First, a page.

somewhat unrelated but i dont fully understand why los siete locos and lanzallamas are published as separate books. i know very little about the publishing world and its rules tho.

don’t know why only Los siete locos was translated alone. Maybe grants funding only one book and nothing materialized for the second. Nick Caistor and Naomi Lindstrom are actively publishing, and Lindstrom is still teaching at UT so maybe she’ll respond to an email if asked.

As for what happened with the version in question: the book’s in the public domain, so anyone can translate it and publish it privately, which looks to be what happened. There seems to be some speculation that “larry riley” is a pseudonym for the novelist Rick Harsch, who wrote the introduction for this book and shows up on whatever site to get defensive when the translation gets trashed in a user review. Don’t know what’s true, but I think it’s annoying that there’s this obfuscation about it because it seems like a bit of an ego trip, and also dodges accountability. And that latter part is kind of galling because it’s as you say: having a native speaker look it over would reveal the need for heavy corrections, and even more damning: if I (Advanced B2.2 level, Instituto Cervantes) can pick it apart like this then wtf man

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Finished up True Grit today. That is one fine book. If I were writing my top 25 today it’d be on there. Anyone read anything else by Charles Portis that they’d recommend?

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The only thing I’ve read by Portis is Norwood, which is probably not going to stack up to True Grit, but it’s an easy read and very funny. Just a shaggy dog story about this guy trying to get back the $70 that his friend owes him and all these goofy twists and turns that happen along the way. I sometimes insult people by referring to them as a “functionary” and I do it just because of this book. Not gonna change your life, but it’s a fun read.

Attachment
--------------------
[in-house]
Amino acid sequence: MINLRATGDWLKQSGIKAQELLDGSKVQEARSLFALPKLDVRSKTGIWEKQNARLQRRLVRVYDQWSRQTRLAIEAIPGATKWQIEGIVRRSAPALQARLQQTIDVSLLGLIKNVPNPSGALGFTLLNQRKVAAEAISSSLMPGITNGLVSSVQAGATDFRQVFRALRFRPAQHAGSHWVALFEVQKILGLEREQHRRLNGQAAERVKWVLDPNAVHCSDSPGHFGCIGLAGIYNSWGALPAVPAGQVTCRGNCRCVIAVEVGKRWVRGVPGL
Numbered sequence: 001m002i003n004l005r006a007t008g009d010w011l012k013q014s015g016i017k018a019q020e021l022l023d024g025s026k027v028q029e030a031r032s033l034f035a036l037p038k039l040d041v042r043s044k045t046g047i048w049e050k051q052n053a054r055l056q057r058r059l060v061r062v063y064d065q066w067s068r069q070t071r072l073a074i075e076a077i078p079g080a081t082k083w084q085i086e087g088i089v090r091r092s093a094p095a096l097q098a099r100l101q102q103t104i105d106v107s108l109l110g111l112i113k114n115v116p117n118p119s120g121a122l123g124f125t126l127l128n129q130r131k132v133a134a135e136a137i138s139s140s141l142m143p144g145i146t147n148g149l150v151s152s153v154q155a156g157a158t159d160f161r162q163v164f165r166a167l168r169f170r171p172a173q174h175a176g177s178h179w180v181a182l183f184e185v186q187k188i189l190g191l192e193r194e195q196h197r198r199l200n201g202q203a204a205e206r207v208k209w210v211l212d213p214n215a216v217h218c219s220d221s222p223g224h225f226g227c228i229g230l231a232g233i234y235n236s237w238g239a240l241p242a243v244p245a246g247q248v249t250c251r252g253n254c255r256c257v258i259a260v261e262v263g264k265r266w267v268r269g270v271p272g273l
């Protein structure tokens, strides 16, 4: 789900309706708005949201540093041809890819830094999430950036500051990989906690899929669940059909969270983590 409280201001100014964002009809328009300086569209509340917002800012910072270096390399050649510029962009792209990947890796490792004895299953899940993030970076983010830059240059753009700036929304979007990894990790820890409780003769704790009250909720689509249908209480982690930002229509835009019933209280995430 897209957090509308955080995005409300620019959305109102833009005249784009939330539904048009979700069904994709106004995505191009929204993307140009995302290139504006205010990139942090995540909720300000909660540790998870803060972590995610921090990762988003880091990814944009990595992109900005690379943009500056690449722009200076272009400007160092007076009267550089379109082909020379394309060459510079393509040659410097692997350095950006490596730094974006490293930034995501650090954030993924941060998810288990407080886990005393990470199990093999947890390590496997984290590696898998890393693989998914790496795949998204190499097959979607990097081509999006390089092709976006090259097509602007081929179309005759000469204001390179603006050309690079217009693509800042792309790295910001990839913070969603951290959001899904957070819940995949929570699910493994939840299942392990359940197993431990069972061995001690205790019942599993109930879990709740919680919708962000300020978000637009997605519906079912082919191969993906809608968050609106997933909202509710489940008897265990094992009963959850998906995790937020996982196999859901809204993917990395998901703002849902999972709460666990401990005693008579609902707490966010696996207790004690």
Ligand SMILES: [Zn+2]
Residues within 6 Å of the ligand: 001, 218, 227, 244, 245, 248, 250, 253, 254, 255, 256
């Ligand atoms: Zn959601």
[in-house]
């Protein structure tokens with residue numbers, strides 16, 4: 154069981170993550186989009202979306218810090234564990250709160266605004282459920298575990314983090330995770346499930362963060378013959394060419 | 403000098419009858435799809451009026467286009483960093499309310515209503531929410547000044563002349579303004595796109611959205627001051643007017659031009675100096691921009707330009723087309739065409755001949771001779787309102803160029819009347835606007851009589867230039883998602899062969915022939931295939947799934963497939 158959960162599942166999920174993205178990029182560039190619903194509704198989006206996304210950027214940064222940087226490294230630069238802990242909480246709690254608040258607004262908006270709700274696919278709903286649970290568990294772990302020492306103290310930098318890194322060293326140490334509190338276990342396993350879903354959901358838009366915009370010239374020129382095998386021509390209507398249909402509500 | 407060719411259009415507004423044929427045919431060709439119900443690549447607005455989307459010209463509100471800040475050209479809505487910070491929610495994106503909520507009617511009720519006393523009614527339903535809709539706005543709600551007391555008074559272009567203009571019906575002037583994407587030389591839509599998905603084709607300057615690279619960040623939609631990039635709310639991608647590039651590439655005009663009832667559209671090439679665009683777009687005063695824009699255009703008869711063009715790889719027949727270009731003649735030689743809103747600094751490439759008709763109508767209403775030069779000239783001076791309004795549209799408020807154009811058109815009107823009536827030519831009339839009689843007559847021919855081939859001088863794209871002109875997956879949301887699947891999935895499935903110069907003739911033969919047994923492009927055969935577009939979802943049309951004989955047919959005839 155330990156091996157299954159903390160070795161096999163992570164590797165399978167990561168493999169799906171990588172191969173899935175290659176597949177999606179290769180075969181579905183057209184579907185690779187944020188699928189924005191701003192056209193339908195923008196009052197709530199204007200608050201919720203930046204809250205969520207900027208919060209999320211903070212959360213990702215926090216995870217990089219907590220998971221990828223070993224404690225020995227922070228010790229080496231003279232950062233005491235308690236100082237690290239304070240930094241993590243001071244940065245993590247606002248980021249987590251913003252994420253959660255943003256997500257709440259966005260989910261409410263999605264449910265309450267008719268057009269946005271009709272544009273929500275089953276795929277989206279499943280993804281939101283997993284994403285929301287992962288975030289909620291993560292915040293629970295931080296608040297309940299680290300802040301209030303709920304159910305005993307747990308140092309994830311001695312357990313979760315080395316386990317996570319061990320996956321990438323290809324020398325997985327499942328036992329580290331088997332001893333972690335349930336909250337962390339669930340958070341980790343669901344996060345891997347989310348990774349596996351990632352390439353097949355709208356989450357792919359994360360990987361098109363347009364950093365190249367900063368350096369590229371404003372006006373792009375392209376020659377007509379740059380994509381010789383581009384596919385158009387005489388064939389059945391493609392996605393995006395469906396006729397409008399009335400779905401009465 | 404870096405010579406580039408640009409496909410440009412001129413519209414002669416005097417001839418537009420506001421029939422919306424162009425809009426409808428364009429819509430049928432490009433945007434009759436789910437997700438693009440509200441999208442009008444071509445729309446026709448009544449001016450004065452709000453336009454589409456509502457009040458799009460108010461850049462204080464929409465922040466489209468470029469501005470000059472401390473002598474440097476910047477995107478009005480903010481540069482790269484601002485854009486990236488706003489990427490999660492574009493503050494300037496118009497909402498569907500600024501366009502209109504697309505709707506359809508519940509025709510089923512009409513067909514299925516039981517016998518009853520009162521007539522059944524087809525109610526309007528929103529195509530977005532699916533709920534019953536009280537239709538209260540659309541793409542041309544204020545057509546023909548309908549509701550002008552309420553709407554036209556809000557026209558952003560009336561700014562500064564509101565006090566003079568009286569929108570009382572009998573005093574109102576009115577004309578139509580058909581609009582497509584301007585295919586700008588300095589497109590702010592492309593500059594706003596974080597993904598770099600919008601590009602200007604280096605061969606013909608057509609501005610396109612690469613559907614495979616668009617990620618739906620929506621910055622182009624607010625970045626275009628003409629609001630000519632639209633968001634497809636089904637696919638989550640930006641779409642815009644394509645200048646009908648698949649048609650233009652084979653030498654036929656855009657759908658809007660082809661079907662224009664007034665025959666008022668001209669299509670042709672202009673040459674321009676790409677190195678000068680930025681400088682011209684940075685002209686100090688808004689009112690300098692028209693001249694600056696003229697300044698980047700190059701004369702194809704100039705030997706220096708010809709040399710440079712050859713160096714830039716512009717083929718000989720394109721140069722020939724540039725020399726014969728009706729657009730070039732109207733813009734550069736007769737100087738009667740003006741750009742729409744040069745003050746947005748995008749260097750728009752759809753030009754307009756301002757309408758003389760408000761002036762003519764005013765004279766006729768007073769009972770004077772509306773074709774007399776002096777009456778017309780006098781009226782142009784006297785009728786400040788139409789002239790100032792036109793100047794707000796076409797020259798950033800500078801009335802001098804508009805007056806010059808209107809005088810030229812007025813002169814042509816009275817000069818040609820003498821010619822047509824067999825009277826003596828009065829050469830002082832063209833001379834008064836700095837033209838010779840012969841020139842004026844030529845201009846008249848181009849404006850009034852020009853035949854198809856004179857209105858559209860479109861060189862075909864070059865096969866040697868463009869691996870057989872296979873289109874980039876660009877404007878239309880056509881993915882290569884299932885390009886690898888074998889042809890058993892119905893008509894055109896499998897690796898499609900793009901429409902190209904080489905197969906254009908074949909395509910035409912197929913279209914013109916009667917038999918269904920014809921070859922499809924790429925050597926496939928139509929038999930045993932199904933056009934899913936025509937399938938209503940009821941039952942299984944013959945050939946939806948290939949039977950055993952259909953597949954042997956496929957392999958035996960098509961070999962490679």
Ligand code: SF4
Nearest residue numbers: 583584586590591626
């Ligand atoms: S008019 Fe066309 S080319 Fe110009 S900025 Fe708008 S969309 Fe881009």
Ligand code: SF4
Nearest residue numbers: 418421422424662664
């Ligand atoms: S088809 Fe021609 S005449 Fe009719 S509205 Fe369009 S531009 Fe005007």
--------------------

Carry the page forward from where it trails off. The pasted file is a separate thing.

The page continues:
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Hey my book came a month early. I of course started another, way too long book thinking that this one wouldn’t arrive until August

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looks like we got a book club going hehe

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:melting_face:

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Good god, No thank you.

But I can’t wait to watch the new vaatividya explaining Don Quixote

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absolute state of the modern author: what can we learn from video games

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Any Vollman heads in the building? Starting Europe Central, about fifty pages in. I’m so annoyed at myself, I always say I want a short book and then end up with a thousand page postmodern thing instead. At least they’re usually funny.